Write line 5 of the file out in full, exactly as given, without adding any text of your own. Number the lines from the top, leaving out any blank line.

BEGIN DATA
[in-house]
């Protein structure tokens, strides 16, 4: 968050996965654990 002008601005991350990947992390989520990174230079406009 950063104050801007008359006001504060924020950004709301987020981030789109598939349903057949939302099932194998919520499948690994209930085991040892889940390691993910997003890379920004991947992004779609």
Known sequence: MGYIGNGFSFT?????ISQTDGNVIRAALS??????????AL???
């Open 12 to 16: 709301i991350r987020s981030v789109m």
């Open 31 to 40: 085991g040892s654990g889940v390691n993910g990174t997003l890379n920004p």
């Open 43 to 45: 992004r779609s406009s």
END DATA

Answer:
């Open 31 to 40: 085991g040892s654990g889940v390691n993910g990174t997003l890379n920004p």